Proline-directed phosphorylation at serine or threonine residues (pSer/Thr-Pro) regulates numerous cellular processes, including the cell cycle, transcription, and differentiation. Deregulation of such signaling networks is a hallmark of transformation and oncogenesis. Pin1, a peptidyl-prolyl isomerase, regulates the function and stability of phosphoproteins by catalyzing the cis/trans isomerization of pSer/Thr-Pro motifs. Pin1 is frequently overexpressed in human cancers, including pancreatic ductal adenocarcinoma (PDAC), and Pin1 is required for activated Ras to induce tumorigenesis. While mutations in KRAS are observed in 90-95% of human PDAC cases, it has historically proven very challenging to develop small molecules that inhibit mutant Ras function. Consequently, drug discovery efforts have turned to targets required for Ras-mediated transformation, such as Pin1. However, existing Pin1 inhibitors lack the potency, selectivity, and/or cell permeability to serve as informative cellular probes. We report a highly potent, cell-permeable Pin1 inhibitor that covalently targets Cys113, a conserved cysteine residue in the Pin1 active site. Through iterative rounds of synthesis and characterization, we developed inhibitor 1b. With a Ki of 15 nM as measured in biochemical binding and isomerase inhibition assays, 1bis currently the most potent Pin1 inhibitor available. Furthermore, in a chemoproteomic study using Covalent Inhibitor Target Site Identification (CITe-Id) to quantify the dose-dependent covalent labeling of 1b to individual cysteines across the proteome, Pin1 Cys113 was the only identified target, highlighting the pronounced selectivity of 1b for Pin1. We show that treatment with 1b diminishes viability of human PDAC cell lines, which can be fully rescued in corresponding Pin1 knockout cells generated using CRISPR/Cas9, showing that this phenotype is on-target. In parallel to inhibitor development, we used CRISPR/Cas9 GFP-dropout screens to further validate the dependence of these cell lines on Pin1. Genetic disruption of Pin1 led to antiproliferative effects, confirming the results of 1b treatment. We also employed the degradation tag (dTAG) approach to assess the effects of rapid and selective targeted Pin1 degradation through generation of FKBP12F36V-Pin1, Pin1-/-human PDAC cell lines. Treatment with a small molecule FKBP12F36V-degrader led to rapid ubiquitination and degradation of FKBP12F36V-Pin1, enabling comparisons of targeted inhibition and Pin1 degradation. Through the development of a selective Pin1 inhibitor coupled with genetic approaches and the chemical-genetic dTAG strategy, we demonstrate that Pin1 inhibition represents a tractable strategy in PDAC.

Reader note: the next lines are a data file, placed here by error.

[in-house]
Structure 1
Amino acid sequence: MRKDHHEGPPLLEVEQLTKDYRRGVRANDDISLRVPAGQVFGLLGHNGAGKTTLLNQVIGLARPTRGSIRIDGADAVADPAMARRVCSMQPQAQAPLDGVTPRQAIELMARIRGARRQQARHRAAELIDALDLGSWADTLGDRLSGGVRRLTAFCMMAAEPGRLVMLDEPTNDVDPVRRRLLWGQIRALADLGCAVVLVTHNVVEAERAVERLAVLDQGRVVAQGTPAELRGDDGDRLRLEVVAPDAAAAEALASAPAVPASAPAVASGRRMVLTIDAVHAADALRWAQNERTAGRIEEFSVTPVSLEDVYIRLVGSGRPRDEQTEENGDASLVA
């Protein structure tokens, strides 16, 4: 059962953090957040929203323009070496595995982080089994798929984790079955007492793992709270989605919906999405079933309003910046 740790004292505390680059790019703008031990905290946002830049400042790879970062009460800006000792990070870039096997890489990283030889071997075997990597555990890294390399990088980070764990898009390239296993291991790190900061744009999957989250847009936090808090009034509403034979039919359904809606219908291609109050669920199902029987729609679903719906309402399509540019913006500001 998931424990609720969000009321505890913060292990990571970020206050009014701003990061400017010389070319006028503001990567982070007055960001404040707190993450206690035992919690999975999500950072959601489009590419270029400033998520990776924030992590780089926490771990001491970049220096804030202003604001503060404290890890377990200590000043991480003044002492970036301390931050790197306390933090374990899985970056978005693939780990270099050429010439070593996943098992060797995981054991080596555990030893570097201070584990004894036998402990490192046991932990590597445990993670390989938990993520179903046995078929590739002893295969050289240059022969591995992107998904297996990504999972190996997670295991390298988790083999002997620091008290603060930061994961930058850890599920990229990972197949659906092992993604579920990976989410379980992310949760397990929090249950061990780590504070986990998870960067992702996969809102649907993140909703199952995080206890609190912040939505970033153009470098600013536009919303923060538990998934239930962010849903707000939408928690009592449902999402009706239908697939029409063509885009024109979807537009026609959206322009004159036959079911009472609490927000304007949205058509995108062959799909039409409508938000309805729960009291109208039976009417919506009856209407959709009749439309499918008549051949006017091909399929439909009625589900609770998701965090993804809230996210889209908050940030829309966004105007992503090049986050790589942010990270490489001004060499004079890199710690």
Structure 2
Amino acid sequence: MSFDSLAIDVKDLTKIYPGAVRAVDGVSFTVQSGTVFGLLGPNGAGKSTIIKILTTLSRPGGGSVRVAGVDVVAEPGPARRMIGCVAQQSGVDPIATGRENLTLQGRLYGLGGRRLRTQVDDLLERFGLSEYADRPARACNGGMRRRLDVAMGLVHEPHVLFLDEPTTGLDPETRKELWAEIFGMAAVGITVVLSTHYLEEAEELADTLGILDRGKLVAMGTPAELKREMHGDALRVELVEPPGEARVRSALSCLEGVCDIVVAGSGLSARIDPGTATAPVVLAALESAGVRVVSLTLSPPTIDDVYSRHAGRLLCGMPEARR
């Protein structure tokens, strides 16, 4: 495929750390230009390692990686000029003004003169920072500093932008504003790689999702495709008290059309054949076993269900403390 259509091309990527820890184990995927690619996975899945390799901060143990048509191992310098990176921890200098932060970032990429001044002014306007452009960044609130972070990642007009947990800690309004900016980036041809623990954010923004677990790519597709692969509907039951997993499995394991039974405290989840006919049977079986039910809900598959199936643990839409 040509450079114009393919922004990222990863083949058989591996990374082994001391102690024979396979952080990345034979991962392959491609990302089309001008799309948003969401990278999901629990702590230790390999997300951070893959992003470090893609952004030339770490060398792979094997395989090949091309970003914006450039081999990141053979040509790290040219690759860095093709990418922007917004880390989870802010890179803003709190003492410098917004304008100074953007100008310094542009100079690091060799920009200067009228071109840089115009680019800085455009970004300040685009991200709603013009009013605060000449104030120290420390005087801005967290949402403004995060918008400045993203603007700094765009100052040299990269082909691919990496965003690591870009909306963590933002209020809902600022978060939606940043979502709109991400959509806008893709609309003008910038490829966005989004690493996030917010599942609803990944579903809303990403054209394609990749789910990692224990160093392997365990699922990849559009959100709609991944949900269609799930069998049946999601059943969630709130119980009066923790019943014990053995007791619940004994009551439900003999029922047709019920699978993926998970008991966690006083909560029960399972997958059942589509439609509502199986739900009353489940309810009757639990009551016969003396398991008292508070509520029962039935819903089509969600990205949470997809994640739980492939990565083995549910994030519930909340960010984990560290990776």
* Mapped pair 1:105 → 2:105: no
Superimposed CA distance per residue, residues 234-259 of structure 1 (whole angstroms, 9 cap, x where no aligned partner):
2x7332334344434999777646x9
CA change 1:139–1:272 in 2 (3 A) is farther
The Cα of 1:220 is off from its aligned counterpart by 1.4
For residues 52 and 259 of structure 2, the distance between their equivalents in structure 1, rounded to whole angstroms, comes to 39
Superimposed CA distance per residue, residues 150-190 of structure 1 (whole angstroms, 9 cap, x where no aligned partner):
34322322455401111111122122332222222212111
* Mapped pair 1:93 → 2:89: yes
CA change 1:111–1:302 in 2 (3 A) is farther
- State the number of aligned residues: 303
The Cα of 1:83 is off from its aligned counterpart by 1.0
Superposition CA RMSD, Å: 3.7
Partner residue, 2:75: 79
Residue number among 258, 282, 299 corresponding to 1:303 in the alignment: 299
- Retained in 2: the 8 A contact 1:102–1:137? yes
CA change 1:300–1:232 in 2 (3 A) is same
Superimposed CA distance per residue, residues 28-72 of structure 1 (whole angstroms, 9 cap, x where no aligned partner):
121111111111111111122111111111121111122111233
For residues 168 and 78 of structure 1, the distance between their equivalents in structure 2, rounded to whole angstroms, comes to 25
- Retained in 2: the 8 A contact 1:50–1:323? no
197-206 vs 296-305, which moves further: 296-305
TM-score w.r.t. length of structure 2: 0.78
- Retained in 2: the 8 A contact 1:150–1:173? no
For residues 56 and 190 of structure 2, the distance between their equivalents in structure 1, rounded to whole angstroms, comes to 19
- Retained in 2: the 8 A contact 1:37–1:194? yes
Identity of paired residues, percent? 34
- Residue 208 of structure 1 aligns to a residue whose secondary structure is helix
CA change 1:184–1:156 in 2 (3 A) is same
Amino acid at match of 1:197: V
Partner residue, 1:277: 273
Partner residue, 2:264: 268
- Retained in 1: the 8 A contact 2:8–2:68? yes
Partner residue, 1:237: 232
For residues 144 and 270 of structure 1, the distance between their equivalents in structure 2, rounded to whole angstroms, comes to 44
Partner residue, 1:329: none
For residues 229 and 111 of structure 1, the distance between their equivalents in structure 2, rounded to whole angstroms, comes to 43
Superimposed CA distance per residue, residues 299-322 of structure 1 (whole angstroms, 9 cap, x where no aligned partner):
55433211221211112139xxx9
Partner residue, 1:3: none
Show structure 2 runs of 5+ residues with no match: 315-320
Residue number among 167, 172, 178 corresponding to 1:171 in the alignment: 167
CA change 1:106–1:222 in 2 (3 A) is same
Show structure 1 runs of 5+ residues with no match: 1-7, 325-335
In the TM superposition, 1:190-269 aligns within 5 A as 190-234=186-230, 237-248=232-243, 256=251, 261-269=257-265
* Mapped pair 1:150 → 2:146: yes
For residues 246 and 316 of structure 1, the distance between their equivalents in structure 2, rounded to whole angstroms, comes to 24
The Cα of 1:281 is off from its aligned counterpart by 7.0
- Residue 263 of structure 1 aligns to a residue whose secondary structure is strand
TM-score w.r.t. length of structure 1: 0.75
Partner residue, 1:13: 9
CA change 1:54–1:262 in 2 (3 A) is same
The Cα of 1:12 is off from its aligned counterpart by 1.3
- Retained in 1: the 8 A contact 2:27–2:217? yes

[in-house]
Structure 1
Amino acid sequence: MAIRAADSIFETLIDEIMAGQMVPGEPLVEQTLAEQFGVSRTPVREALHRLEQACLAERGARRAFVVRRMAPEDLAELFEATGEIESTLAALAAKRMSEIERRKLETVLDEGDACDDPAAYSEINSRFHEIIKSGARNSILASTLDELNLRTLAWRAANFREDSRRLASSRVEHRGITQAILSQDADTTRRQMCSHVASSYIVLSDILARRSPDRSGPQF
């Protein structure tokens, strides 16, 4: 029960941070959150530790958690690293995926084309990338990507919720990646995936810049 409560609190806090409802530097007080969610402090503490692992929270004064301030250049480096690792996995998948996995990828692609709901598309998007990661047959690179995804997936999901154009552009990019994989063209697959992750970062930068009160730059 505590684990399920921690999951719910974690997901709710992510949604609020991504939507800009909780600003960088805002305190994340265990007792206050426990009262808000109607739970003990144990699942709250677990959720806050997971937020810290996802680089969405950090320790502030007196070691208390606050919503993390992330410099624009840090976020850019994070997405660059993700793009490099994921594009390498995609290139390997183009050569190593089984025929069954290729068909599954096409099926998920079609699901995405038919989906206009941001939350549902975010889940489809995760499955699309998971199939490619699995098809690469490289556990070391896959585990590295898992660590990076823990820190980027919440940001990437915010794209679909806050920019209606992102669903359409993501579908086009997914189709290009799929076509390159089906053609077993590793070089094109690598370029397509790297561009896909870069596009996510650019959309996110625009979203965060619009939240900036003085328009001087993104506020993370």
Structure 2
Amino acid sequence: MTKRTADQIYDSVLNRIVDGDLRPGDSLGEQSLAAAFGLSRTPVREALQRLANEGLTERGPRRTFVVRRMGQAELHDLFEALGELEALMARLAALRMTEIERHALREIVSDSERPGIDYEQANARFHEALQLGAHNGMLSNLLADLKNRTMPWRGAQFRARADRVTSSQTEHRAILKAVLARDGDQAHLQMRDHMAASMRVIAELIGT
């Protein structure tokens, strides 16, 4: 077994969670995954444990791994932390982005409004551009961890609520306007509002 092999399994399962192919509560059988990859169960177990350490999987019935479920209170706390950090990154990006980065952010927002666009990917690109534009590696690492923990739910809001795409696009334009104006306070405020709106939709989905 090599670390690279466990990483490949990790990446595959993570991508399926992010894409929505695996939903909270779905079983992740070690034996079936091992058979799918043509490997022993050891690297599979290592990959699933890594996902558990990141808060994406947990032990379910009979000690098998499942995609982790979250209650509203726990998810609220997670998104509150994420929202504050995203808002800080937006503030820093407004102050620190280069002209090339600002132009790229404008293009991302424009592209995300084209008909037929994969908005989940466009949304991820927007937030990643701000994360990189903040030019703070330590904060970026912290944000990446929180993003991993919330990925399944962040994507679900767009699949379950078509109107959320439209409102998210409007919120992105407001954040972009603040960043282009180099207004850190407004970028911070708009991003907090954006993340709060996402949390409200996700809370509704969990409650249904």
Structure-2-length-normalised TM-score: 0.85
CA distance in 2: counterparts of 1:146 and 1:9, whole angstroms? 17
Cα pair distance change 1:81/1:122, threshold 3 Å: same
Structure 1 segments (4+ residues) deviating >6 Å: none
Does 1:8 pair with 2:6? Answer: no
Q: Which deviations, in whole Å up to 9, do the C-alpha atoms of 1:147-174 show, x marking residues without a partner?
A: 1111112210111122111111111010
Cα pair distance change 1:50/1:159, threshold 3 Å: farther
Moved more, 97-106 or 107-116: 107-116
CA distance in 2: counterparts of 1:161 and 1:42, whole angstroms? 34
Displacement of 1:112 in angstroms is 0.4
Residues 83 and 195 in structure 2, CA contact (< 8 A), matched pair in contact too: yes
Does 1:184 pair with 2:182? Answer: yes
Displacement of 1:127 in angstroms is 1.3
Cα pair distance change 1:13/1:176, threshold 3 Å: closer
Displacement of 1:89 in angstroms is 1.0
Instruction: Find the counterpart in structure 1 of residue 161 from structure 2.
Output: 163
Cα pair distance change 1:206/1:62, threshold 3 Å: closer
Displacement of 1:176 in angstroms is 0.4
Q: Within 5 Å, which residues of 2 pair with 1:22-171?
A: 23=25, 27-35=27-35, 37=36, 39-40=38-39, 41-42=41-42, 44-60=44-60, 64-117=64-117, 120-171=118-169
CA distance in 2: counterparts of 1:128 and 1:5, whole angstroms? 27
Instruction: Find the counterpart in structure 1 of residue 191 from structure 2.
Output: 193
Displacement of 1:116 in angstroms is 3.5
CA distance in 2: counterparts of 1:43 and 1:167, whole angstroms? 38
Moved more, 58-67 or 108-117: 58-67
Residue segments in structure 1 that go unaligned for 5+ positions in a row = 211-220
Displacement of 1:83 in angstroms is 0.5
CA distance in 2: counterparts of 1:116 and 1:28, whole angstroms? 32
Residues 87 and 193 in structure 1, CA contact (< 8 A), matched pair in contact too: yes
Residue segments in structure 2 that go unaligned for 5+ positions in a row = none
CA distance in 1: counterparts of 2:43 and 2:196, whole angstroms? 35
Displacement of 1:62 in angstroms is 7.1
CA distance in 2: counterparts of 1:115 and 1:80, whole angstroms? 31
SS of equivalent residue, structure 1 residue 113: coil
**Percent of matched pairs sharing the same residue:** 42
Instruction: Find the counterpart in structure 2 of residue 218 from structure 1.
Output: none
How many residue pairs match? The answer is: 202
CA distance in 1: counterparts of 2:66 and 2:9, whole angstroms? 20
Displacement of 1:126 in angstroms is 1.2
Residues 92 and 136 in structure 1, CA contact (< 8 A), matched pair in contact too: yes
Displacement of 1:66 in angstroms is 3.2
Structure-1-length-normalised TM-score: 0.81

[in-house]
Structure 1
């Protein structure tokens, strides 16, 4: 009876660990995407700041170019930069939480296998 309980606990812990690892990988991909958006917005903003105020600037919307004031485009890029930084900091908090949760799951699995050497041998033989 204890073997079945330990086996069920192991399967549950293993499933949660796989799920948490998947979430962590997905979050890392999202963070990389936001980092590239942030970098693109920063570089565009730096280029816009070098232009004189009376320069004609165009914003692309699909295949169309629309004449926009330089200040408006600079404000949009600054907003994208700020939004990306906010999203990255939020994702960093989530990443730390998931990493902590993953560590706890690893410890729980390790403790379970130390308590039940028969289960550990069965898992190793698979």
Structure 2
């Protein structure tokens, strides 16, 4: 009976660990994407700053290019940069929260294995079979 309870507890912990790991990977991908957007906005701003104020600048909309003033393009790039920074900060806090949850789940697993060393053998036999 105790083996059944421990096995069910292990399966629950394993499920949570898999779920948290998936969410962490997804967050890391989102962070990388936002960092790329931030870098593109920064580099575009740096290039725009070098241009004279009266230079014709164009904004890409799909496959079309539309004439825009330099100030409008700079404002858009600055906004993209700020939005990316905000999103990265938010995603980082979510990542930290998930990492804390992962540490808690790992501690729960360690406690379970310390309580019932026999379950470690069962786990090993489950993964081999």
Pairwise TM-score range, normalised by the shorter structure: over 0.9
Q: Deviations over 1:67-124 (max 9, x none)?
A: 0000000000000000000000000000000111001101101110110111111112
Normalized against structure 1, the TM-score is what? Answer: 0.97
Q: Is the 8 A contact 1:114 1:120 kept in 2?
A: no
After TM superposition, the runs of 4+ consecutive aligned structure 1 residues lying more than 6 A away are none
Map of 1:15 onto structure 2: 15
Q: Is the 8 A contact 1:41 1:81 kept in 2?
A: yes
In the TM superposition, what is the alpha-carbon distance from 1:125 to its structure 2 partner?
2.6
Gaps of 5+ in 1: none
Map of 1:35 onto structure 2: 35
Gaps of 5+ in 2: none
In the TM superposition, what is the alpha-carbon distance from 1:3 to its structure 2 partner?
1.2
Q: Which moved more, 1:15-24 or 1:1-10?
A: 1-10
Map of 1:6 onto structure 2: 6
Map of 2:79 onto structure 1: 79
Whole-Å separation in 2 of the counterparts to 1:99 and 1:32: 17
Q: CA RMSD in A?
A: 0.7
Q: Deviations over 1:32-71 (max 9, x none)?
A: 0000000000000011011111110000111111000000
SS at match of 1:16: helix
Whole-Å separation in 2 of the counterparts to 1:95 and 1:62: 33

Citation Format: Benika Pinch, Zainab Doctor, Christopher M. Browne, Hyuk-Soo Seo, Behnam Nabet, Shingo Kozono, Xiaolan Lian, Daniel Zaidman, Dina Daitchman, Nir London, Lu Gong, Theresa Manz, Yujin Chun, Li Tan, Jarrod Marto, Stephen Buratowski, Sirano Dhe-Paganon, Xiao Zhou, Kun Ping Lu, Nathanael S. Gray. Discovery and characterization of covalent Pin1 inhibitors targeted to an active site cysteine [abstract]. In: Proceedings of the American Association for Cancer Research Annual Meeting 2019; 2019 Mar 29-Apr 3; Atlanta, GA. Philadelphia (PA): AACR; Cancer Res 2019;79(13 Suppl):Abstract nr 2757.